Falkland Islands: Ministry of Defence rubbishes claims the islands have been left unprotected

James Nickerson
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The people of the Falklands voted to remain an overseas territory of the UK in 2013

The Ministry of Defence has defended itself against claims that it has left the Falkland Islands unprotected due to there being no British warship stationed in the south Atlantic.

The defence comes after the Independent reported that the islands had been left without the protection of a British frigate or destroyer for the first time since the 1982 conflict.

But a Ministry of Defence spokesperson said that the Falklands remain "well protected" by HMS Clyde and 1,200 UK personnel operating RAF Typhoons and ground defences.

Still, shadow defence secretary Emily Thornberry told the Independent that the current situation is unacceptable and that a warship should be sent to the islands immediately.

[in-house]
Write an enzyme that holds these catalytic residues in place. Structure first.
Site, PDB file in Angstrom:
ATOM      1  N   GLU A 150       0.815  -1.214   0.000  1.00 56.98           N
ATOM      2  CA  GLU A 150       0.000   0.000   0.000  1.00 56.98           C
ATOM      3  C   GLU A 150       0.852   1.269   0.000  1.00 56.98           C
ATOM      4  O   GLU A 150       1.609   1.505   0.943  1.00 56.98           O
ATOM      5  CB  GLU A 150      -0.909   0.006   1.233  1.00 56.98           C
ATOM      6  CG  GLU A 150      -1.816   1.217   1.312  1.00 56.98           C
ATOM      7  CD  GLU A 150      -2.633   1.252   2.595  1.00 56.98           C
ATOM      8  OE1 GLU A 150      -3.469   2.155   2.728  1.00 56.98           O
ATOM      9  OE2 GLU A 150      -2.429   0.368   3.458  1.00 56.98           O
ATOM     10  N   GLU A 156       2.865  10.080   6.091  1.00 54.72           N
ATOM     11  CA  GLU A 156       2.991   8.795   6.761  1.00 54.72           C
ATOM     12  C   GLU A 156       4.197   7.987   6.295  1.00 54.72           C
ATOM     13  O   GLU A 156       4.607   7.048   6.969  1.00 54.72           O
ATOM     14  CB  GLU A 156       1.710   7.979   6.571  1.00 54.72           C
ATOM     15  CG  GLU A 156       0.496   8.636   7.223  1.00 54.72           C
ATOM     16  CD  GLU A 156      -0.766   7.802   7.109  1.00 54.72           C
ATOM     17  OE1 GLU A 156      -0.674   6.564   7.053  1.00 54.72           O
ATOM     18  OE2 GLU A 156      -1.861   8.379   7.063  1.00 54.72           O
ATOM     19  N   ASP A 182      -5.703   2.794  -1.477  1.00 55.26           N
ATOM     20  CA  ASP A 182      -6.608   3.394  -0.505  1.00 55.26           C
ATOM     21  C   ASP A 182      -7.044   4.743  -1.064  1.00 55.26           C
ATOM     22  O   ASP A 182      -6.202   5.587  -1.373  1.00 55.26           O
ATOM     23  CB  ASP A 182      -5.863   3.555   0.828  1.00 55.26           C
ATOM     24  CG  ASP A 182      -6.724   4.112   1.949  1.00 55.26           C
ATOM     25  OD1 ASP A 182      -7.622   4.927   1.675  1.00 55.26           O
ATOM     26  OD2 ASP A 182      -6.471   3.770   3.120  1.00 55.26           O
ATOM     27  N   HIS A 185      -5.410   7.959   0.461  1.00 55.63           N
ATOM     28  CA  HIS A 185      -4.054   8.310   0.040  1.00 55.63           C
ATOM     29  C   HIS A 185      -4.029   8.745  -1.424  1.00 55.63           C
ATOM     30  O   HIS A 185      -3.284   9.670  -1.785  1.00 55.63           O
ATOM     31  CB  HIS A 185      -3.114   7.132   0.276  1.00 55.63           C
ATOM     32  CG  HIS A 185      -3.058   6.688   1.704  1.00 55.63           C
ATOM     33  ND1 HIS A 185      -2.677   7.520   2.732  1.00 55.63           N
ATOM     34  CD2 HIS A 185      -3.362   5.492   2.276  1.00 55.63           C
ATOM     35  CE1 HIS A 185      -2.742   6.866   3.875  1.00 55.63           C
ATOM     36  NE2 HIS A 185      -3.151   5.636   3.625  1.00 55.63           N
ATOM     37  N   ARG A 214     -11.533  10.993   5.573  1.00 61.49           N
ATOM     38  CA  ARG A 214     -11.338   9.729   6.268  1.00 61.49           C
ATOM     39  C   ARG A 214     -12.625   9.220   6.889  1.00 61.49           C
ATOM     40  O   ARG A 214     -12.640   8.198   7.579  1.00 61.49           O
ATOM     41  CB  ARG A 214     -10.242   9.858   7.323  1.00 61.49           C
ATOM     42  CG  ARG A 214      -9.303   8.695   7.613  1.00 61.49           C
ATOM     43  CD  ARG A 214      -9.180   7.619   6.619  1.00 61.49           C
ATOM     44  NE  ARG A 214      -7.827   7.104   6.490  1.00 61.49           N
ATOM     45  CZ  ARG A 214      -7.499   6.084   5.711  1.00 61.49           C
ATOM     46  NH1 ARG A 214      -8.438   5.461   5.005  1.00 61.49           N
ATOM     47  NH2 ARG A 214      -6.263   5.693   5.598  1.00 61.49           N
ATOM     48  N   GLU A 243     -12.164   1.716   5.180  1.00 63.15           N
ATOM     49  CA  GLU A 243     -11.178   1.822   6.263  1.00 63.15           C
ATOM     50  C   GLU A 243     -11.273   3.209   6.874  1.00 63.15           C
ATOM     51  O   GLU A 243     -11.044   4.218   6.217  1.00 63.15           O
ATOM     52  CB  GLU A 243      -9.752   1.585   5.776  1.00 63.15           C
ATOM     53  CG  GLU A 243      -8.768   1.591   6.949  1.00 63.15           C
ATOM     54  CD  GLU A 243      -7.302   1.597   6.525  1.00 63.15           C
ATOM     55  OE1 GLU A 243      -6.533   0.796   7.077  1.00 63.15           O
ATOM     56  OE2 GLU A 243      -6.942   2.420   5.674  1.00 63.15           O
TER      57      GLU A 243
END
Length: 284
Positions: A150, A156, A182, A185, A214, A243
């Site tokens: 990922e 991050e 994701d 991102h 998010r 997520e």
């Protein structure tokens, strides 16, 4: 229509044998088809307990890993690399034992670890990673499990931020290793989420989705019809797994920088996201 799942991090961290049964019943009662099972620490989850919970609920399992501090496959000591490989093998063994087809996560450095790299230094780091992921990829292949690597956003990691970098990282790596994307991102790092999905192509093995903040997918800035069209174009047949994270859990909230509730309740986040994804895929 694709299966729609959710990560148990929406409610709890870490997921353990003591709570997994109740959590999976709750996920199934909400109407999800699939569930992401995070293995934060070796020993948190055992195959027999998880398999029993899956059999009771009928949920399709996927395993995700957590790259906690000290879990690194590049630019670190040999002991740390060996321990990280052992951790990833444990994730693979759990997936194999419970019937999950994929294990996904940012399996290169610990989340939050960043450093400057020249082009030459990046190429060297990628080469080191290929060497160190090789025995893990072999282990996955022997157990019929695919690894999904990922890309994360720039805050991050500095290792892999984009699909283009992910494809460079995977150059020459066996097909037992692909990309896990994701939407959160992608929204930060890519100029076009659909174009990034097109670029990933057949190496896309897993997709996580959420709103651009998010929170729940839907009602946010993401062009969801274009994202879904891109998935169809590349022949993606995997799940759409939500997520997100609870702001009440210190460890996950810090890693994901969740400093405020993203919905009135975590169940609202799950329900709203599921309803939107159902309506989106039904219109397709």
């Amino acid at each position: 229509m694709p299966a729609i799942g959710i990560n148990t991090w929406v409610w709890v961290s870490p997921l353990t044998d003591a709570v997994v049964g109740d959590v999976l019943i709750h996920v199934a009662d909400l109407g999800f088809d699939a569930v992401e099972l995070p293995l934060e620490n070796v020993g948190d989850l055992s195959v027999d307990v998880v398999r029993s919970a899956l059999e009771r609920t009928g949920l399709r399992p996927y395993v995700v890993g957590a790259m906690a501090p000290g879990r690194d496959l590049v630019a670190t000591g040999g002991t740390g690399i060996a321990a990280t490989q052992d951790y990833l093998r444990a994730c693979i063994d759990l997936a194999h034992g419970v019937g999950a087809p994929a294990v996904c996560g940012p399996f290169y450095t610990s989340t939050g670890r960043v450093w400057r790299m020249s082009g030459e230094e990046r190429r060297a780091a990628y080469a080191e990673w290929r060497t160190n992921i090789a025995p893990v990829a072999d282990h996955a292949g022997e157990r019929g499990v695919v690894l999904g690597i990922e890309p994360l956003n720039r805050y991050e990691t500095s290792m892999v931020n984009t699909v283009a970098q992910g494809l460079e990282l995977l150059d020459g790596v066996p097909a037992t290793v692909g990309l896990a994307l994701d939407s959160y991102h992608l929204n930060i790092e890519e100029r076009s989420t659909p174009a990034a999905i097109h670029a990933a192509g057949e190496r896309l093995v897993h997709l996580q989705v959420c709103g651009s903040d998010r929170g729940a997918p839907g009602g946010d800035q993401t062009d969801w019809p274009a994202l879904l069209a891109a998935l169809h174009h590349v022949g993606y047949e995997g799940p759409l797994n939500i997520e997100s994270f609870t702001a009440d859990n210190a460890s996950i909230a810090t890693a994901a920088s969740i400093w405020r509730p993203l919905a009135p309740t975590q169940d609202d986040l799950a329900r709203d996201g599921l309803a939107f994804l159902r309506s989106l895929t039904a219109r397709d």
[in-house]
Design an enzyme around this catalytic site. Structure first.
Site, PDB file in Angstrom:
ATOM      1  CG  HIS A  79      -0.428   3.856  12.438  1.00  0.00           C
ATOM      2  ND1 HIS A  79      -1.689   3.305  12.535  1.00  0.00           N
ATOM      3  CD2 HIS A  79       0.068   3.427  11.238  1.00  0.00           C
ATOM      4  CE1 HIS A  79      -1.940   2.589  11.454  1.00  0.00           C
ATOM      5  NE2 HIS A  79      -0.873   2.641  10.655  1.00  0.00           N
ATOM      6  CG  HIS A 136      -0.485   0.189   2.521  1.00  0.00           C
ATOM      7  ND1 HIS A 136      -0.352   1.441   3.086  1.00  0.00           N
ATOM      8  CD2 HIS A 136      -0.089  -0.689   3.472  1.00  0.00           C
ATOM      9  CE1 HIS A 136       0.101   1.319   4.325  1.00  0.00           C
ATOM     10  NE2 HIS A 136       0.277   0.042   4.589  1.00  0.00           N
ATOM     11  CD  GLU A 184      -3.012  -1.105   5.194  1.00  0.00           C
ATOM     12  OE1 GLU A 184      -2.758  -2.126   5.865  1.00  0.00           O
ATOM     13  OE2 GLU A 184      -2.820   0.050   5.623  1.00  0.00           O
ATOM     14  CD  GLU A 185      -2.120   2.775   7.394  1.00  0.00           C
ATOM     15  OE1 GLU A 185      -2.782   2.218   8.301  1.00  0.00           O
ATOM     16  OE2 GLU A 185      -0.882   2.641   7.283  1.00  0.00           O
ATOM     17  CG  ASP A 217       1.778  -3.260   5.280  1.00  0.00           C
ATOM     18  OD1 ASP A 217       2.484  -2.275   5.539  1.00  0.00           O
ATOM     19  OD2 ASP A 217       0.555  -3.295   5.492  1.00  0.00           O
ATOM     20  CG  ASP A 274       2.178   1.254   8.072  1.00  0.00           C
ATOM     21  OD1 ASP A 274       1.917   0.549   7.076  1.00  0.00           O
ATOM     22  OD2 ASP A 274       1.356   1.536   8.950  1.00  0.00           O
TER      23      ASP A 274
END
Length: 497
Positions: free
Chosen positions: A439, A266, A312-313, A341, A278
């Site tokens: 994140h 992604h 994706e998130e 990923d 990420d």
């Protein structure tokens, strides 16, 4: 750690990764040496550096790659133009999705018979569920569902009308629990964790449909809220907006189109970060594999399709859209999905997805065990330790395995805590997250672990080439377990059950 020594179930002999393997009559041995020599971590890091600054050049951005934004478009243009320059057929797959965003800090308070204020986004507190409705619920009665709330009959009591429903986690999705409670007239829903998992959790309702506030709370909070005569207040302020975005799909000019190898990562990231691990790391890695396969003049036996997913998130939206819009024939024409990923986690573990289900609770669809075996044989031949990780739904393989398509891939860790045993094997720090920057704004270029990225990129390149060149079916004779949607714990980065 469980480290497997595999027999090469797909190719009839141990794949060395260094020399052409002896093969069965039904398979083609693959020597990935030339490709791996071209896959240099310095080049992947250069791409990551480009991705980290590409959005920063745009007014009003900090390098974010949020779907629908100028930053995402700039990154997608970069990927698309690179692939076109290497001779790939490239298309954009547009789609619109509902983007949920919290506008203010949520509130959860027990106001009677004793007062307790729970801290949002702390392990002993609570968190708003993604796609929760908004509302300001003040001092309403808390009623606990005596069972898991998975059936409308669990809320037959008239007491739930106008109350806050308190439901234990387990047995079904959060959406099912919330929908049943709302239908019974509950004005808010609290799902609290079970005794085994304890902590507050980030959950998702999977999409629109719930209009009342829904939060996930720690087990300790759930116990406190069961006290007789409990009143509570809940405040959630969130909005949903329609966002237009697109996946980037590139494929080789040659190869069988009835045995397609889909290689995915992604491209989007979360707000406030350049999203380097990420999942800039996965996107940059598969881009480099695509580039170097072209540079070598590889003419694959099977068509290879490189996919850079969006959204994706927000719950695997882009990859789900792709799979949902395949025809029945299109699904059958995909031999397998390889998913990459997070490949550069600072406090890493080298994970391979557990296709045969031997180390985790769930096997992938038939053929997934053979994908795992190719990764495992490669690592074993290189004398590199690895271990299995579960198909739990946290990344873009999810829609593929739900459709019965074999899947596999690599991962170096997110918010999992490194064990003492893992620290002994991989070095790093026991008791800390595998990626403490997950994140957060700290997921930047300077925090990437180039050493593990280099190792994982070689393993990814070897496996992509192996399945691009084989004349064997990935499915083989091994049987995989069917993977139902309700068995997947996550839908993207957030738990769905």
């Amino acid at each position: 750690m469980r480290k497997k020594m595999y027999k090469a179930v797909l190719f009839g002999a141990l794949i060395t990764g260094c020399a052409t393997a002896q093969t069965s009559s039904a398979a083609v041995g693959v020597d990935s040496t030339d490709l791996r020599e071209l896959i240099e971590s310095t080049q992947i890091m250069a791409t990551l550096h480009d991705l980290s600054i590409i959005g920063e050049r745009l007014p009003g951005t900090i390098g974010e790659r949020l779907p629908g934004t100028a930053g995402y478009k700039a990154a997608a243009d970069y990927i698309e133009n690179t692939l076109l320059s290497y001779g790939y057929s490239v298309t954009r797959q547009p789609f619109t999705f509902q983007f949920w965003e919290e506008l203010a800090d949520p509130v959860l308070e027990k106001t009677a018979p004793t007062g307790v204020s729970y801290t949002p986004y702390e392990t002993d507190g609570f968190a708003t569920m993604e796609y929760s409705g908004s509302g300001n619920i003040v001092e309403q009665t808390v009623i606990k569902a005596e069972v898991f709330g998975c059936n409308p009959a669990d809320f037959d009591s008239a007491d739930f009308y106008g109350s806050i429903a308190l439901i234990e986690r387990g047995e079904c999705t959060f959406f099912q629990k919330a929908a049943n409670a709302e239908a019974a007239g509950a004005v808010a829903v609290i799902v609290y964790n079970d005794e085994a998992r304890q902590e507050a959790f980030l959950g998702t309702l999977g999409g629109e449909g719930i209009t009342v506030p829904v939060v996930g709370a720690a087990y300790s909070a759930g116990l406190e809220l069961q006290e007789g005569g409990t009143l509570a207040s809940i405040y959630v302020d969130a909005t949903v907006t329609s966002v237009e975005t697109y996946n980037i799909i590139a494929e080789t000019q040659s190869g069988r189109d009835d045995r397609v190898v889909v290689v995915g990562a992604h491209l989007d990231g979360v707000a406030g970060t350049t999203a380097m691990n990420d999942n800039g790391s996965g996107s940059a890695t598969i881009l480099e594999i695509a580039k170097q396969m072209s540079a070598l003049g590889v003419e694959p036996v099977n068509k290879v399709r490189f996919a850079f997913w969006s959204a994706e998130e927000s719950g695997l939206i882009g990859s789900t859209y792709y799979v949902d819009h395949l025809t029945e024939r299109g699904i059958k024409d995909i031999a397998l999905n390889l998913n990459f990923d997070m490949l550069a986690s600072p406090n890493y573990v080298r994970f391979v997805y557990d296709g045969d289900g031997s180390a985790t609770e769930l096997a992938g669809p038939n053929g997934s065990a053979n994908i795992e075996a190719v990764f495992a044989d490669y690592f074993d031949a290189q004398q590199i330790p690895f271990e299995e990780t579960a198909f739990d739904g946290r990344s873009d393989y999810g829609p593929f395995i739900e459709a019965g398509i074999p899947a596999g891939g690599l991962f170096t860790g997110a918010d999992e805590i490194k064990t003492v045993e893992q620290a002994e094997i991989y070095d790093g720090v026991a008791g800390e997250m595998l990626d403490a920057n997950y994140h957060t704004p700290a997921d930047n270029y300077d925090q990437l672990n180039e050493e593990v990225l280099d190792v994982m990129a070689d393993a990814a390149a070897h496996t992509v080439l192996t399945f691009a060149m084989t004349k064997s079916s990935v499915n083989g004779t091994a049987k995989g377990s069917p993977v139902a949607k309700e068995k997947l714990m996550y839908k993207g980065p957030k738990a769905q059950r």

Three years ago, the people of the Falklands voted overwhelmingly in favour of remaining a UK overseas territory.

However, last week the Argentinian foreign ministry jumped on the findings of a UN commission that expand the country's maritime territory into the south Atlantic Ocean, to renew its claims over the islands.

The Falklands is a British overseas territory, meaning the MoD is obliged to protect it.

To that effect, back in February defence secretary Michael Fallon became the first minister to visit the islands in more than a decade .